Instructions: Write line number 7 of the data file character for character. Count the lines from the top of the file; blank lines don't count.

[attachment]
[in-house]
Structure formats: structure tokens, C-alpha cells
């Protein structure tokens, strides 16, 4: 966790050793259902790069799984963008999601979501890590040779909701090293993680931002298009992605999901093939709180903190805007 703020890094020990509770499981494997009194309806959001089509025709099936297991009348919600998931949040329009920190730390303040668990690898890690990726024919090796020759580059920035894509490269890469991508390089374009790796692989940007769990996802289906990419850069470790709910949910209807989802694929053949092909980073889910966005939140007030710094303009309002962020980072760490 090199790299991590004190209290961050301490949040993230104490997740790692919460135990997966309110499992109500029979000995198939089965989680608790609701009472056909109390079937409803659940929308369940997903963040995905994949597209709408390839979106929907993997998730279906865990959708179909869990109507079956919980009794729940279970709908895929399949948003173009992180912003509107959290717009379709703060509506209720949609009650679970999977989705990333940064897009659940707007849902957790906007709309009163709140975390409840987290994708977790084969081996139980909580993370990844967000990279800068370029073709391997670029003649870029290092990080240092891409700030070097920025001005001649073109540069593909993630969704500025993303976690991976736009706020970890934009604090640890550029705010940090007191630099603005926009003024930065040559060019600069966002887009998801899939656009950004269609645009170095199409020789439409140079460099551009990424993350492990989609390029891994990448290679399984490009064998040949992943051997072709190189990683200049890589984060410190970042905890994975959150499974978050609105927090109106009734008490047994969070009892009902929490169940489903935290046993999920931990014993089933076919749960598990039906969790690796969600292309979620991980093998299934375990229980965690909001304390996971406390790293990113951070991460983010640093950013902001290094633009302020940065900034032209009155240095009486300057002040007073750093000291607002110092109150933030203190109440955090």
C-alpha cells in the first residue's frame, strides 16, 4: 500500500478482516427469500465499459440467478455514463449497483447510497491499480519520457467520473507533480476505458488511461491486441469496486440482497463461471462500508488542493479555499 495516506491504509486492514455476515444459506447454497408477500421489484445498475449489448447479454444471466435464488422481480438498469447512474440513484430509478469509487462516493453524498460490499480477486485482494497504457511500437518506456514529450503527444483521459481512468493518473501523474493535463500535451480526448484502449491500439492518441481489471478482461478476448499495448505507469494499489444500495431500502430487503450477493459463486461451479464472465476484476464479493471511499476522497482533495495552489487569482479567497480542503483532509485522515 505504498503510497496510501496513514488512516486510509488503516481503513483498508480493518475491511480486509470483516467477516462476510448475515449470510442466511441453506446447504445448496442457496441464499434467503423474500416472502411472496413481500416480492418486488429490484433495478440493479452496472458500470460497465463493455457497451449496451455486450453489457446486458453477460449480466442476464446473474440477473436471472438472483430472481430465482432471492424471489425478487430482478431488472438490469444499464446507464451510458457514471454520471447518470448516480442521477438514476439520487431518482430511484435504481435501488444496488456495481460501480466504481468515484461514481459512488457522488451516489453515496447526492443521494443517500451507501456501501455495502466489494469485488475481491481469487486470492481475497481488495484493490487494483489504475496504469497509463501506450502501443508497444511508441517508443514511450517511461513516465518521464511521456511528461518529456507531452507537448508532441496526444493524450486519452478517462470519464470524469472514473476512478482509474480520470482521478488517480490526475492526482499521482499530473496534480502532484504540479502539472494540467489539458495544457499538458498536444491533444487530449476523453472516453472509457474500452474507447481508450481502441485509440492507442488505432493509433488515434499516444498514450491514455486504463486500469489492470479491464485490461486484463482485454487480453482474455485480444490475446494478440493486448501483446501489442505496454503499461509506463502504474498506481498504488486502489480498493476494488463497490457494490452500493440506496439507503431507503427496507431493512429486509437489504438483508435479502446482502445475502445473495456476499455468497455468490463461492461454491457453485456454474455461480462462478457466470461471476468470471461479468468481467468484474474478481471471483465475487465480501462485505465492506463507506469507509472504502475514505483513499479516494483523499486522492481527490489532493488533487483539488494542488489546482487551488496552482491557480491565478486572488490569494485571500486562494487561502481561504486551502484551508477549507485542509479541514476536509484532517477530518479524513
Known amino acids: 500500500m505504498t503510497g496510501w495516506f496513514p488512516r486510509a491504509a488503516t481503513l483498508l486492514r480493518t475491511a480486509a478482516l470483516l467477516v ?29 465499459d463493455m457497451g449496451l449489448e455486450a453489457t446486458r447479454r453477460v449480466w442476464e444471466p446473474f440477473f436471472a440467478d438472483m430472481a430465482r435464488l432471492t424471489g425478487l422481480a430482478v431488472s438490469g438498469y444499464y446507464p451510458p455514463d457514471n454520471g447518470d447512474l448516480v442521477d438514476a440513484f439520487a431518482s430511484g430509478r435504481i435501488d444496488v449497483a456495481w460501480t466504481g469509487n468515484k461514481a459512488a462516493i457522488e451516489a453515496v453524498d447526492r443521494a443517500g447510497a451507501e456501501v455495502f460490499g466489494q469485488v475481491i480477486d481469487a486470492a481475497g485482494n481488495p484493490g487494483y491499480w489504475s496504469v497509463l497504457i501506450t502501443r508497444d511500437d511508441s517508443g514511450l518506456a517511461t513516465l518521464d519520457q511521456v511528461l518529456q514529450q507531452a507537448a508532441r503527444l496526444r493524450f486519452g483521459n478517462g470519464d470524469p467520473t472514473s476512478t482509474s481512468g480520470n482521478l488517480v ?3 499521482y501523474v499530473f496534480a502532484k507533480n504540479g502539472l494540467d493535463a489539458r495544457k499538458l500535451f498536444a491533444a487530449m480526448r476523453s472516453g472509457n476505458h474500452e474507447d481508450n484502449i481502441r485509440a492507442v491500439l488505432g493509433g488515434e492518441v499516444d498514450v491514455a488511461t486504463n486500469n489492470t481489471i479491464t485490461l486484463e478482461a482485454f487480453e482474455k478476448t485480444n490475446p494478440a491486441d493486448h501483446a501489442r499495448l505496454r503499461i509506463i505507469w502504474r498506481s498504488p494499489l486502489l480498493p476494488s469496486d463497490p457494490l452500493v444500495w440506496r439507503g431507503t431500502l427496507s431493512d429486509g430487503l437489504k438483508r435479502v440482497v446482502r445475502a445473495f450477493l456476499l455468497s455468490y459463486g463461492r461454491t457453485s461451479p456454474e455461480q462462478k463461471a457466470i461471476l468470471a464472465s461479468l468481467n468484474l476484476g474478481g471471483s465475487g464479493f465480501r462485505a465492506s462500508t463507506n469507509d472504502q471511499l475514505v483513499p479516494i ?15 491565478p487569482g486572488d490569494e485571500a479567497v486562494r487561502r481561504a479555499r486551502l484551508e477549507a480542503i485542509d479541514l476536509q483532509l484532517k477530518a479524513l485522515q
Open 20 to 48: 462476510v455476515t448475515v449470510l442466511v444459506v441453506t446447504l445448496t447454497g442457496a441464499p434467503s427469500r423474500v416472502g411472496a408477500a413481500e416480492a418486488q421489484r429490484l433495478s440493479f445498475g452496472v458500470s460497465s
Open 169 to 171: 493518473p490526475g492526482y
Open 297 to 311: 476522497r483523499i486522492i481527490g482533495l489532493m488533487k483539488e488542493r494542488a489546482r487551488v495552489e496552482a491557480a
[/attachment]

Open 169 to 171: 493518473p490526475g492526482y